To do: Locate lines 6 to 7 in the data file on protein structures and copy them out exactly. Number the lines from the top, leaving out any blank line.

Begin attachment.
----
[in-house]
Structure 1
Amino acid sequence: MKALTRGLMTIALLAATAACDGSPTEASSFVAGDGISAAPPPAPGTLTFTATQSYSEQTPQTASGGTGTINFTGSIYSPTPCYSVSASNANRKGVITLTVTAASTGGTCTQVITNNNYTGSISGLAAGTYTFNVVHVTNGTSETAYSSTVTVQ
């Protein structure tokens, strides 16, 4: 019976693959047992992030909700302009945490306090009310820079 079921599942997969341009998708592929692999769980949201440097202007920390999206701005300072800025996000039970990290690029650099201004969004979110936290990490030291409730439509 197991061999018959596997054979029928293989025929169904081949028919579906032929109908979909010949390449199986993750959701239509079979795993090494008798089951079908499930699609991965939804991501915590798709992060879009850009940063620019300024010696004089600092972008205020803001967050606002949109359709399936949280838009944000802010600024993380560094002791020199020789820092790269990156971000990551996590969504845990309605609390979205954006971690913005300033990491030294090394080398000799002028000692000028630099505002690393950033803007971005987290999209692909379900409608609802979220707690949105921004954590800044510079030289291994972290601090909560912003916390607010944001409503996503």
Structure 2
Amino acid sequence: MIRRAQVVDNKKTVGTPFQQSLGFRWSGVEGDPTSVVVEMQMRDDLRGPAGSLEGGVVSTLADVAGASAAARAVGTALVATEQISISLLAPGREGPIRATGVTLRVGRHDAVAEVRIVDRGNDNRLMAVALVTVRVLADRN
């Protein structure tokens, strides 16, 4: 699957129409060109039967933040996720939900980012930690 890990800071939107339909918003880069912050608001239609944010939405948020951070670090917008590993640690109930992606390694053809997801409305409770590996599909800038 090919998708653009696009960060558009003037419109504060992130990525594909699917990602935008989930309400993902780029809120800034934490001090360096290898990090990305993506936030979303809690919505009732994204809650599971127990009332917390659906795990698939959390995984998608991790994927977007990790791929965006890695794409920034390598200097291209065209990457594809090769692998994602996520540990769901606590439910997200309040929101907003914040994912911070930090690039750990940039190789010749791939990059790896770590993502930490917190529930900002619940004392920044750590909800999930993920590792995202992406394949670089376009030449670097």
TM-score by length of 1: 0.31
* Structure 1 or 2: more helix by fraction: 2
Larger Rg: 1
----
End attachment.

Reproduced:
Amino acid sequence: MIRRAQVVDNKKTVGTPFQQSLGFRWSGVEGDPTSVVVEMQMRDDLRGPAGSLEGGVVSTLADVAGASAAARAVGTALVATEQISISLLAPGREGPIRATGVTLRVGRHDAVAEVRIVDRGNDNRLMAVALVTVRVLADRN
């Protein structure tokens, strides 16, 4: 699957129409060109039967933040996720939900980012930690 890990800071939107339909918003880069912050608001239609944010939405948020951070670090917008590993640690109930992606390694053809997801409305409770590996599909800038 090919998708653009696009960060558009003037419109504060992130990525594909699917990602935008989930309400993902780029809120800034934490001090360096290898990090990305993506936030979303809690919505009732994204809650599971127990009332917390659906795990698939959390995984998608991790994927977007990790791929965006890695794409920034390598200097291209065209990457594809090769692998994602996520540990769901606590439910997200309040929101907003914040994912911070930090690039750990940039190789010749791939990059790896770590993502930490917190529930900002619940004392920044750590909800999930993920590792995202992406394949670089376009030449670097």